About a year ago, Vicki Pappas, national chair of the National Forum of Greek Orthodox Church Musicians, circulated an e-mail asking for people to send her the English translations of the apolytikion for Pascha (Χριστὸς ἀνέστη/”Christ is risen”) that were used in their parishes. This would be in aid of a standard English text for the entire Greek Orthodox Archdiocese. Despite not being at a GOA parish, I sent her the translation we use at All Saints.
Somewhere around late fall or early winter, following a St. John of Damascus Society board meeting, she asked if I would be willing to round up a few of my choir members to record the version that they were trying to settle on as the final draft. The recording would serve as a model, principally for priests. After Christmas, I put together a quartet, we learned it and recorded it, Vicki liked it, and said that the Synod still had to decide if it was the final version or not.
Earlier this week, the standard English version of the hymn for GOA was released. You can find it here. Alas, that’s not us singing on the model recording — it would appear that it went through at least one more round of revision, because that’s a different text than what we had, but oh well.
I am appreciative that a Synod would take the time to try to get everybody on the same page with respect to a particular hymn text, and I suppose this is as good as any to start with. I am also appreciative that GOA would go to the trouble of making sure that it is available in both staff notation as well as neumatic notation. There has been some discussion in some circles about how closely it follows proper compositional conventions; I would never dare to argue proper application of formulae with some of the people talking about this, but my guess is that the main point raised was probably known, and that preference was given to where people would be likely to breathe. It’s an issue that I suggest stems from the translation more than anything, and from what Vicki has told me, every nuance of the translation was discussed thoroughly, so what I think I know at least is that it’s a version of the text that says exactly what the Synod wants it to say. I’ll acknowledge that I don’t find this text to be note-perfect compared to how I might translate the Greek; to begin with, in modern English, “is risen”, while it used to be how you do a perfect tense in English, doesn’t really convey the same sense of the action as preterite ἀνέστη or even qam for the Arabic speakers — “Christ rose” would be the literal sense, but that doesn’t really “sing” the same way. “Christ has/hath risen” is an acceptable compromise, since the distinction between simple past and perfect is muddier in English than it is in Greek. And “trampled down upon” seems to me to be a little bit overthought as a way of rendering πατήσας. Still, I’d much rather sing this version than the one that’s normative for my parish, where the Greek melody is left as is, requiring “Christ is risen from the dead” to be repeated, usually with a rhetorical, campfire-style “Oh!” thrown in beforehand — “Christ is risen from the dead, oh! Christ is risen from the dead!” etc. Ack.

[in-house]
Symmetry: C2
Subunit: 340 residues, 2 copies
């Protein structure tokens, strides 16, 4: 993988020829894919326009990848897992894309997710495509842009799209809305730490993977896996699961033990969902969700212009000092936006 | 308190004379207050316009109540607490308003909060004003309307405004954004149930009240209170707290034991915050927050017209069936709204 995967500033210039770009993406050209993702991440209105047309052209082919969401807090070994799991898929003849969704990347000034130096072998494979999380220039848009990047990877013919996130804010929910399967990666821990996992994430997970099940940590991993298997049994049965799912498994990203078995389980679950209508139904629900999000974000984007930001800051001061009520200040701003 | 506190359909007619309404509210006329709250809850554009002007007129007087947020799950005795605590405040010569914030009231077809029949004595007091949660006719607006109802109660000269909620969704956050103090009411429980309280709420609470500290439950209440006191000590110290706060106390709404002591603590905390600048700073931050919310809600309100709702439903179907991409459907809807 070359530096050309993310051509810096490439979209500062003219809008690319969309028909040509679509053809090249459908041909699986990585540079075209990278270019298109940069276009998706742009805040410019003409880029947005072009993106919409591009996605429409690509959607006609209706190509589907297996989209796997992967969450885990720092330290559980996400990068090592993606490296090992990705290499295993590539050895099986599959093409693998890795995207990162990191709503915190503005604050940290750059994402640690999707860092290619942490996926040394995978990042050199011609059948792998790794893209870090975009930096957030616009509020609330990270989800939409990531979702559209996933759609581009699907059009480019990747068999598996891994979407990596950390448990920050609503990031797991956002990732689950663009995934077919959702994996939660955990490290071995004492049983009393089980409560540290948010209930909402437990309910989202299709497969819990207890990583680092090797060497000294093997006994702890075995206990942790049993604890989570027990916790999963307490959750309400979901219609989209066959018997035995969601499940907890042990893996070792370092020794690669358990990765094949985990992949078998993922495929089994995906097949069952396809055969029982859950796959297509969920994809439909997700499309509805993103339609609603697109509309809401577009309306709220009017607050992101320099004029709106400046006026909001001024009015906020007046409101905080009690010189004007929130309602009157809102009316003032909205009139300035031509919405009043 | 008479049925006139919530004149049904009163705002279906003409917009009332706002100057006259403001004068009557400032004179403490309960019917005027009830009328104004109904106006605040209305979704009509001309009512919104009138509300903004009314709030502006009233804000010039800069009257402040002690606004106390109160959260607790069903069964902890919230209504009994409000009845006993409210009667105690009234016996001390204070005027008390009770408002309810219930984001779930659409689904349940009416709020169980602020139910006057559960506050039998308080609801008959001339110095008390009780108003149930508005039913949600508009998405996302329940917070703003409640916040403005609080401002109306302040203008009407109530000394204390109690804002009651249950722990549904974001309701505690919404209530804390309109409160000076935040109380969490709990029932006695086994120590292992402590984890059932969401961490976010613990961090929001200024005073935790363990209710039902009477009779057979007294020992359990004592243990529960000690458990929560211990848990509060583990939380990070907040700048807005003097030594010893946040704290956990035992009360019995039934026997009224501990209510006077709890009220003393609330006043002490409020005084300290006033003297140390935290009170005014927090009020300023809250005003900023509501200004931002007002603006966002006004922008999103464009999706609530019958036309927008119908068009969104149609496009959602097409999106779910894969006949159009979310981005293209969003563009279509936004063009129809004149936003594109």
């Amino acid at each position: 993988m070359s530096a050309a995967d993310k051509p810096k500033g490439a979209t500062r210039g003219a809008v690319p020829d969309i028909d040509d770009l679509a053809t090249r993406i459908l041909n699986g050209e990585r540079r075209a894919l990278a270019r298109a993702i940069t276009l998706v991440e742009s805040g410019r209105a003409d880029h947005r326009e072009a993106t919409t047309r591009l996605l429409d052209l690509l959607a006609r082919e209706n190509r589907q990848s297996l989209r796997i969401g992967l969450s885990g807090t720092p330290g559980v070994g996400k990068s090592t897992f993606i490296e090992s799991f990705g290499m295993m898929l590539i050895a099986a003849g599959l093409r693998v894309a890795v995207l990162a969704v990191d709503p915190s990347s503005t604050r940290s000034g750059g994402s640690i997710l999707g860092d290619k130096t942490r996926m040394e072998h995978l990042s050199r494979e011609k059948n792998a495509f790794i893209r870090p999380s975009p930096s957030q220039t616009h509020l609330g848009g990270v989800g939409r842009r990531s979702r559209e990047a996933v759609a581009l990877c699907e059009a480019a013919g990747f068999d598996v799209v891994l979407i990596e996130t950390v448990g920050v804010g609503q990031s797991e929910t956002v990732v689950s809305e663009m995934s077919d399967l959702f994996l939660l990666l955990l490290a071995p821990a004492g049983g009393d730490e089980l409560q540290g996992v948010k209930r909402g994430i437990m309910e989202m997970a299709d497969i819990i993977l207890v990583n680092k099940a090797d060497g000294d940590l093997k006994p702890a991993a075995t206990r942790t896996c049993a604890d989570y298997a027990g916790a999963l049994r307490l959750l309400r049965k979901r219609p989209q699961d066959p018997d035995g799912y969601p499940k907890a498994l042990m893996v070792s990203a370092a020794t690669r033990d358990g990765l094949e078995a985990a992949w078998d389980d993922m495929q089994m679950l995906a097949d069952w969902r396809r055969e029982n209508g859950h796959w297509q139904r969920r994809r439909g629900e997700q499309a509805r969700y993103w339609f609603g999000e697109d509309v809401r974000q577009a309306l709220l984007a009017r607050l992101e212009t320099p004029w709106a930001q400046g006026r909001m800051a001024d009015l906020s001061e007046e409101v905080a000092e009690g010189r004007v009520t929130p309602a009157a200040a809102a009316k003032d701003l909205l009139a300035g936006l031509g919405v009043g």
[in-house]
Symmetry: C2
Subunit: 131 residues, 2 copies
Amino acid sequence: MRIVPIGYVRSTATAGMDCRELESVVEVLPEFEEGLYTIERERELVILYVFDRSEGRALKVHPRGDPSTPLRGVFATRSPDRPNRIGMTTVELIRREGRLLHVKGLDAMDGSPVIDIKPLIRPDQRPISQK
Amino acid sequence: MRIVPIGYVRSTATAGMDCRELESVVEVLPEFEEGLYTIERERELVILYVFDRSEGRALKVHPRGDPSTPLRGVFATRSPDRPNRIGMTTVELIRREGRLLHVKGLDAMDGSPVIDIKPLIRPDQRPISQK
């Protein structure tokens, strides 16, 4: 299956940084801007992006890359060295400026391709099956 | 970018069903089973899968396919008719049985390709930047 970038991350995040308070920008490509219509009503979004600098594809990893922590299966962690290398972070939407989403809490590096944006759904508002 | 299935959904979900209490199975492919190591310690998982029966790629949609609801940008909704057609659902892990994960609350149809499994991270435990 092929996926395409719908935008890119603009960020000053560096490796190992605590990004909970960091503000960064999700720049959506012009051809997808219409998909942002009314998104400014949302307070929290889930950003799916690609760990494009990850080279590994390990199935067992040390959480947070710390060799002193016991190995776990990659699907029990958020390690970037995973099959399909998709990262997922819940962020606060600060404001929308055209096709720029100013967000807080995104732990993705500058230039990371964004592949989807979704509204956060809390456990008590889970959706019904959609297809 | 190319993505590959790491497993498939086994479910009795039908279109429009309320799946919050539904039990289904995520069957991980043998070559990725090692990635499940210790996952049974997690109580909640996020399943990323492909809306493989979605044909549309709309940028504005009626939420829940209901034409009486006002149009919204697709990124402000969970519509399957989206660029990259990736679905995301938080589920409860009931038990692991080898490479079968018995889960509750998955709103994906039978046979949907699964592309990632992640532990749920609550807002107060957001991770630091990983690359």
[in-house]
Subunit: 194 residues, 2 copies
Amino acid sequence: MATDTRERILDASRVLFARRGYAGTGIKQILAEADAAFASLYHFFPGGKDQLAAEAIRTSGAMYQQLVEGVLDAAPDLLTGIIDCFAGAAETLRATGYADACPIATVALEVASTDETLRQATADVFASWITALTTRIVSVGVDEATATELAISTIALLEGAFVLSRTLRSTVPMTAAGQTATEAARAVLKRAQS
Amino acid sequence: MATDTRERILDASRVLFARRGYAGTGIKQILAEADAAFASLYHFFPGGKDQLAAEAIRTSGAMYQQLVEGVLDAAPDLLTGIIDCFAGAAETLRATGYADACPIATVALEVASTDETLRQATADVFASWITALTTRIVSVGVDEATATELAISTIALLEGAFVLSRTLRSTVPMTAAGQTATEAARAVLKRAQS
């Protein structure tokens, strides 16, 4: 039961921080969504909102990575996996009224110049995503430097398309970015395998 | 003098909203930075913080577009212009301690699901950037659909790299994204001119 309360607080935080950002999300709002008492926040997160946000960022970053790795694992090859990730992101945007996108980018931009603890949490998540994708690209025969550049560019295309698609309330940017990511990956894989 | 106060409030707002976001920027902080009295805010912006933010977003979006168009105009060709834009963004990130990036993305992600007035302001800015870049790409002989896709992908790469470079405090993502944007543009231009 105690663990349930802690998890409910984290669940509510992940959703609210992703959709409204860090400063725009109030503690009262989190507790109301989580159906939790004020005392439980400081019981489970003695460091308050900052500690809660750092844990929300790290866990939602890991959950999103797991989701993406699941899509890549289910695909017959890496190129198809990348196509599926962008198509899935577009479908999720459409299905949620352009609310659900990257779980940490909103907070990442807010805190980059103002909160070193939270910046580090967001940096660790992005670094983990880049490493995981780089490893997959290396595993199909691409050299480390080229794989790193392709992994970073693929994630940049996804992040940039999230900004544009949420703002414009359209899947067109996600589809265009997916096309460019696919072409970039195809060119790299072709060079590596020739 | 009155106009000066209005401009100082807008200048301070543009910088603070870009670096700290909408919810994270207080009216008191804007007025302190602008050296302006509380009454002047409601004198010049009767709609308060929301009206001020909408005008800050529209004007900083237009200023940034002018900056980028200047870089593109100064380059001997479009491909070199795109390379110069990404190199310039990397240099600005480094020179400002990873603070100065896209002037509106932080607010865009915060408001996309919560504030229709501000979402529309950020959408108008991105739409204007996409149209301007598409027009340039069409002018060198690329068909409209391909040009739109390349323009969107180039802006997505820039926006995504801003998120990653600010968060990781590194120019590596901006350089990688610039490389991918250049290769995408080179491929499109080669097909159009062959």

In any event, between being willing to argue about a standard text and acknowledging the neumatic notational tradition, there is much I wish the Antiochian Archdiocese would emulate here, and I congratulate GOA on taking the time and energy to at least make the effort, even if there wind up being tweaks down the road. I’m a little disheartened by the response I’ve observed in certain fora that basically criticizes GOA for making their standard version a brand new variant that nobody outside of GOA will ever use, that that’s hardly a unifying move across jurisdictions, not when there are translations that are common to both the OCA and AOANA. Well, maybe, but kudos for GOA for at least trying to get their own house in order first, even if maybe it winds up being a beta test.